The sold-out, nearly three-hour show took in Fab Four favourites, hits from his later band Wings, solo efforts and a few new numbers and drew a warm, enthusiastic welcome from an audience spanning three generations.
"I'm so happy to be back in Hamburg where it all began 49 years ago," 67-year-old McCartney, one of the two surviving Beatles, told cheering fans in German.
Showing off a renowned knack for thrilling a crowd and remarkable endurance - he took no breaks during the marathon set, not even for a sip of water - McCartney offered moving tributes to his late wife Linda and the two dead Beatles John Lennon and George Harrison.
"I wrote this song for Linda but tonight it's for all lovers," he said, again in German using cue cards, before launching into his ballad "My Love."
He later played his 2001 single "Here Today" dedicated to Lennon, led the crowd in a rousing version of Lennon's "Give Peace a Chance" and did a sped-up rendition of Harrison's "Something" on a ukulele the singer gave him before he died of lung cancer in 2001.
McCartney also mucked it up for laughs. When he whipped off his black jacket to reveal a white shirt with black braces underneath, he quipped: "That is the big wardrobe change of the night - Madonna, eat your heart out!"
And he appeared tickled when the crowd jumped with a start at a massive on-stage fireworks display during "Live and Let Die," then clutched his chest, faking a heart attack.
McCartney's Good Evening Europe tour will see seven stops in five countries including a Christmas gig in London on December 22.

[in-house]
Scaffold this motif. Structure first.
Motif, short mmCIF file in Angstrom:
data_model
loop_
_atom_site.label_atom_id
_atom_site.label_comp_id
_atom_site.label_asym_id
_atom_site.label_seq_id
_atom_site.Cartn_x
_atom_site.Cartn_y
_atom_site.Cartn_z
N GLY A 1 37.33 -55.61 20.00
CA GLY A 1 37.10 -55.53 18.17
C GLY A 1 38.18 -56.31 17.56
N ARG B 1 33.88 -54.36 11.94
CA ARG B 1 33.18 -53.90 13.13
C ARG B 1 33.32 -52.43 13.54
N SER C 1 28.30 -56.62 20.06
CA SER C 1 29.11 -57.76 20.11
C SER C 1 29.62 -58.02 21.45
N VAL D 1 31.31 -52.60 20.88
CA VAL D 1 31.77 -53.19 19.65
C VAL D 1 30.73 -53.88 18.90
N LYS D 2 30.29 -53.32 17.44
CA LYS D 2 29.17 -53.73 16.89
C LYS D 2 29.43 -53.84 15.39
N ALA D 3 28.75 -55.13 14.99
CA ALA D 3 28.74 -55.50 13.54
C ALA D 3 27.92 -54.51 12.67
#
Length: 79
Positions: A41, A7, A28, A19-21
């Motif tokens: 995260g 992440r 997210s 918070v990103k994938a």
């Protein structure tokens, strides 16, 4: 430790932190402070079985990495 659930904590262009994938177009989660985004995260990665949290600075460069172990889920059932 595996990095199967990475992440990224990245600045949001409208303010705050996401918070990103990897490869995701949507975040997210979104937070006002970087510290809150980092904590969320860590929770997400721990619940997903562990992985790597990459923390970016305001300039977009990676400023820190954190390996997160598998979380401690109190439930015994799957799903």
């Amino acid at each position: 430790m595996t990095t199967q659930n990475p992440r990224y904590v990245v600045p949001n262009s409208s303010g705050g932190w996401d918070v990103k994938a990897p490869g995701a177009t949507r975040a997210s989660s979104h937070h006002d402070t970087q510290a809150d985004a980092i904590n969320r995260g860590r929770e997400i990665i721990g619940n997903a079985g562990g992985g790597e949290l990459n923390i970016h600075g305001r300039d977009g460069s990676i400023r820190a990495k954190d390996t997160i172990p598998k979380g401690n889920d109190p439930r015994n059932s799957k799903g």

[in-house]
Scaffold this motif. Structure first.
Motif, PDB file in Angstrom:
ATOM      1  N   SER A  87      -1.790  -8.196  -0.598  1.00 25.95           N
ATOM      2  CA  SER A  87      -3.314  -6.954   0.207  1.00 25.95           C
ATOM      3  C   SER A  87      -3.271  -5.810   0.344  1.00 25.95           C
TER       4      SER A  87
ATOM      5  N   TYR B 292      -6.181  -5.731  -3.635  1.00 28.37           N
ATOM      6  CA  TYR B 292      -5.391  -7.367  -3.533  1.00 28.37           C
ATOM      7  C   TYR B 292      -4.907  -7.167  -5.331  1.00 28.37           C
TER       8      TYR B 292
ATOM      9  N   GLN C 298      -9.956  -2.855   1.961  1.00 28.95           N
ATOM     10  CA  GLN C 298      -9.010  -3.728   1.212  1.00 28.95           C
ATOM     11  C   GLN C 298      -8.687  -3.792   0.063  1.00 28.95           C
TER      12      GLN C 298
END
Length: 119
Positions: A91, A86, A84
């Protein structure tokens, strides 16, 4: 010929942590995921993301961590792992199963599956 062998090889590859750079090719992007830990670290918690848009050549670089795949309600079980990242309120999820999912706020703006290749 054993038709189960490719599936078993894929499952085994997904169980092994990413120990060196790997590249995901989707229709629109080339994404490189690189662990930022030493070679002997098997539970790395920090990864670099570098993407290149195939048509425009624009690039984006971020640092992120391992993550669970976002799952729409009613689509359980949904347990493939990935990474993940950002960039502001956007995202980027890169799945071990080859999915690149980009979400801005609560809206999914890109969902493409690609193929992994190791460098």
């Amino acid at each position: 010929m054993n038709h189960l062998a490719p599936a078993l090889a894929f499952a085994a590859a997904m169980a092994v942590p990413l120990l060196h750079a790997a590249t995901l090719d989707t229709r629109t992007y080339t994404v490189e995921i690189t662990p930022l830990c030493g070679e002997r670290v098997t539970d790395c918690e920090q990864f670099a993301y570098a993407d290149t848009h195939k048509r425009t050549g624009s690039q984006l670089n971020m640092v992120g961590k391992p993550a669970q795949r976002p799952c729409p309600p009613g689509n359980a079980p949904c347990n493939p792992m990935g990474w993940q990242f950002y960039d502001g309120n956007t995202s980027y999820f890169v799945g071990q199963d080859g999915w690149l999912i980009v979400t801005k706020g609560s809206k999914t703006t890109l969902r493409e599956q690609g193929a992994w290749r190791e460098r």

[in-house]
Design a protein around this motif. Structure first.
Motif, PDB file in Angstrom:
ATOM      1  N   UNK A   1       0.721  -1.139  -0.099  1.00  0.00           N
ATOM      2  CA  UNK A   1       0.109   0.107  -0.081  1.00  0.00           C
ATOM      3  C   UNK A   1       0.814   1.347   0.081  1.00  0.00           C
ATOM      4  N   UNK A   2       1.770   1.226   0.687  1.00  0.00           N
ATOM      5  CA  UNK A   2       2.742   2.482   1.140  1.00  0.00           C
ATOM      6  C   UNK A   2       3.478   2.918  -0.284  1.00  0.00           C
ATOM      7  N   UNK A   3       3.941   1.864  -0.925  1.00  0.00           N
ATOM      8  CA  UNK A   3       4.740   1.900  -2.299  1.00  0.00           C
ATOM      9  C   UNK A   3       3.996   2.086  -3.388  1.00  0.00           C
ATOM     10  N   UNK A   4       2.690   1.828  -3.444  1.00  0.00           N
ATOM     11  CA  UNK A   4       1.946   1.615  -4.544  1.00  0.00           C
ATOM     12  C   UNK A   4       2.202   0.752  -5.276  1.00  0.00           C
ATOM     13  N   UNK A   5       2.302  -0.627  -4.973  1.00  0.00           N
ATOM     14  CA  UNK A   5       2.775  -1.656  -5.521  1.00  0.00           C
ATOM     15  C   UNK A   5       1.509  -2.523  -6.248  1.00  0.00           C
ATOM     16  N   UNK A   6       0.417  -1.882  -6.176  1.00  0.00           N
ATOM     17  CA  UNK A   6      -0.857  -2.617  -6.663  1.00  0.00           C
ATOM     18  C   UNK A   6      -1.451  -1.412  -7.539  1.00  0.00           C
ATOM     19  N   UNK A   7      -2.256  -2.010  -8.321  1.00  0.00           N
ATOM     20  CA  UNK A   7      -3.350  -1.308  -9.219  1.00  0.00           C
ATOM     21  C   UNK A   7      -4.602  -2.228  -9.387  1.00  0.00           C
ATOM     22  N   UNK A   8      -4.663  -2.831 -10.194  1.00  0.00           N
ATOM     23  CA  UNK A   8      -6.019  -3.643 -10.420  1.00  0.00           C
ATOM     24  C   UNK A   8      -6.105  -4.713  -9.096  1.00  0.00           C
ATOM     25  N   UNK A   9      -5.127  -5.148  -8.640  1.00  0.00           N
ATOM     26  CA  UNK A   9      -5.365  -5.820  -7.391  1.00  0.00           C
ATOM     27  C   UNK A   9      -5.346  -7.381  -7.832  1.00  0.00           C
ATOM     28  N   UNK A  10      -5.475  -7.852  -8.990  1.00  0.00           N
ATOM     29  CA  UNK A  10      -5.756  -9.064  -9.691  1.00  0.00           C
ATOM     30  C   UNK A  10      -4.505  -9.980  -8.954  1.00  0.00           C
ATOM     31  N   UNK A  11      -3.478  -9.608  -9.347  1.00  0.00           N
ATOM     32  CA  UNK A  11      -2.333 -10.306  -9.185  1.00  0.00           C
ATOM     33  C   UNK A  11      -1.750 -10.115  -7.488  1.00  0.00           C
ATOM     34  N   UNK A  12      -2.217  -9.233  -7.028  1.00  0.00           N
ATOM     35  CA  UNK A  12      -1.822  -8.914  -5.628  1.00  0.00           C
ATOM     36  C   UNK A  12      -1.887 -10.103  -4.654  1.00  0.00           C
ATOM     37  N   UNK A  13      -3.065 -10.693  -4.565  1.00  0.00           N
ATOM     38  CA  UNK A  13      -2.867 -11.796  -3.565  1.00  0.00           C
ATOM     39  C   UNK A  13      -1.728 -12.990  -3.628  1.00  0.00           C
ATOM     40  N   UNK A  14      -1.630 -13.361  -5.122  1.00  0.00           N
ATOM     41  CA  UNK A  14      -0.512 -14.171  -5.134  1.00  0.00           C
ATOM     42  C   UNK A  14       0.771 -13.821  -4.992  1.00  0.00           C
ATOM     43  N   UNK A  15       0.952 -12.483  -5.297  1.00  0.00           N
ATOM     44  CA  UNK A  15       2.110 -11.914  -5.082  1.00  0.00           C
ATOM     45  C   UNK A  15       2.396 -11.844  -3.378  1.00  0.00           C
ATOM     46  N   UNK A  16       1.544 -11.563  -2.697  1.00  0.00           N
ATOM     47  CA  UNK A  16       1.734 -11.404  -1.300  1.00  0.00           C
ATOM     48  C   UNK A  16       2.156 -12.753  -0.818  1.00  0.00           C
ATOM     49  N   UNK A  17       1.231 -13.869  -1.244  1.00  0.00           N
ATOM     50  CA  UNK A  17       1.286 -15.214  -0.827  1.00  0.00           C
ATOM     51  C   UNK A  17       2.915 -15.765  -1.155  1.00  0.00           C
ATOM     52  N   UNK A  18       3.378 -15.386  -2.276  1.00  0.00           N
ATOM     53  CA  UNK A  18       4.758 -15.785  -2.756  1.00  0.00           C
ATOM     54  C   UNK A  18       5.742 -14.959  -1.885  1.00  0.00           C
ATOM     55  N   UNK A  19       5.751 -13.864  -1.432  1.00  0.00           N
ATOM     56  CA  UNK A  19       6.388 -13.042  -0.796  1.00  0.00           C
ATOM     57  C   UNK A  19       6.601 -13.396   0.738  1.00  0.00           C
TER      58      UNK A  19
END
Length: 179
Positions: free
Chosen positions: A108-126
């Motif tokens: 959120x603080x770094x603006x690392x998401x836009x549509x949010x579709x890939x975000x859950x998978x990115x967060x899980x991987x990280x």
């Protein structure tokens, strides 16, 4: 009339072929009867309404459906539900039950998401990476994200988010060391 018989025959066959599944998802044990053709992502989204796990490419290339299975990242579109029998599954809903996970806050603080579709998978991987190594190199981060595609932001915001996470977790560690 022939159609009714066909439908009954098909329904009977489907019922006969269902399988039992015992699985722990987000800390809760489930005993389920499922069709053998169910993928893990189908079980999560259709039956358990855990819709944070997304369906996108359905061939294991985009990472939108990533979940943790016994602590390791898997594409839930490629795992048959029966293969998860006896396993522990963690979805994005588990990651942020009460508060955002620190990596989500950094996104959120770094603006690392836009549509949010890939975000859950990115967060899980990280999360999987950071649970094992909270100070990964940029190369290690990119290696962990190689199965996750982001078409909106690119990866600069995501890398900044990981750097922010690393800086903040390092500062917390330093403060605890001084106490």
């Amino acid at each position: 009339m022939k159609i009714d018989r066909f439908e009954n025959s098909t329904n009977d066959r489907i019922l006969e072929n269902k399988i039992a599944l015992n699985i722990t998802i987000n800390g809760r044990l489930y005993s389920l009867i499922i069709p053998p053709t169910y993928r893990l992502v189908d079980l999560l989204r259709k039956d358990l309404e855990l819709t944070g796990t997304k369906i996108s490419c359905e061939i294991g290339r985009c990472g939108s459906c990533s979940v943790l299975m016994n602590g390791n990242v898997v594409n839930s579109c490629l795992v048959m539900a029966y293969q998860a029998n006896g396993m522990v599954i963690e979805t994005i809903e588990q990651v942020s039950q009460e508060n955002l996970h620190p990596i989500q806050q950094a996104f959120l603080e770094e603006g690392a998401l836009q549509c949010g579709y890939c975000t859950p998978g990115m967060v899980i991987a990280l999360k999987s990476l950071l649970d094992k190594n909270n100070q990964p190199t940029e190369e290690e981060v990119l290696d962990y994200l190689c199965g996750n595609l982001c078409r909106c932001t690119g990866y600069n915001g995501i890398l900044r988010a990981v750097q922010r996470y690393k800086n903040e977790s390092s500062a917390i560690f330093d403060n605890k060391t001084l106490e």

It follows sold-out concerts at US stadiums earlier this year and comes ahead of the release of a live album, "Good Evening New York City," recorded at the city's former Shea Stadium, where the Beatles played to an ecstatic crowd in 1965.
The northern German port city of Hamburg nurtured the Beatles as young performers in its seedy red-light district, long before they would become superstars, and now hosts a Beatlemania museum.
The show was McCartney's first in Hamburg since 2003 and came ahead of the 50th anniversary of the first Beatles gig in Germany when the unknown band from the English city of Liverpool played at a moth-eaten strip joint called the Indra Club on August 17, 1960.
He told a German newspaper recently that Hamburg was the city where the band earned its chops, playing night after night for more than two years.
"The city opened our eyes," he told the Frankfurter Rundschau. "We went there as children and came back as... old children. On the Reeperbahn we quite quickly had our baptism of fire when it came to sex – it was like we were let off our leashes. It was a wild time."
Klaus Voormann, who befriended the young Beatles in Hamburg in 1960 when he was an art student and later designed the cover of the "Revolver" album, said it was clear from the start that the band would be big.
"They would do anything for an audience, and in particular Paul," said Voormann, now 71, whom McCartney greeted from the stage.
"I think there is a breed of people that can't stop, and I think Paul is one of them. I really appreciate that," he said. "With some people I think, 'Why the hell are they carrying on? Just stop.' But with some (like Paul) I want them to carry on until they drop."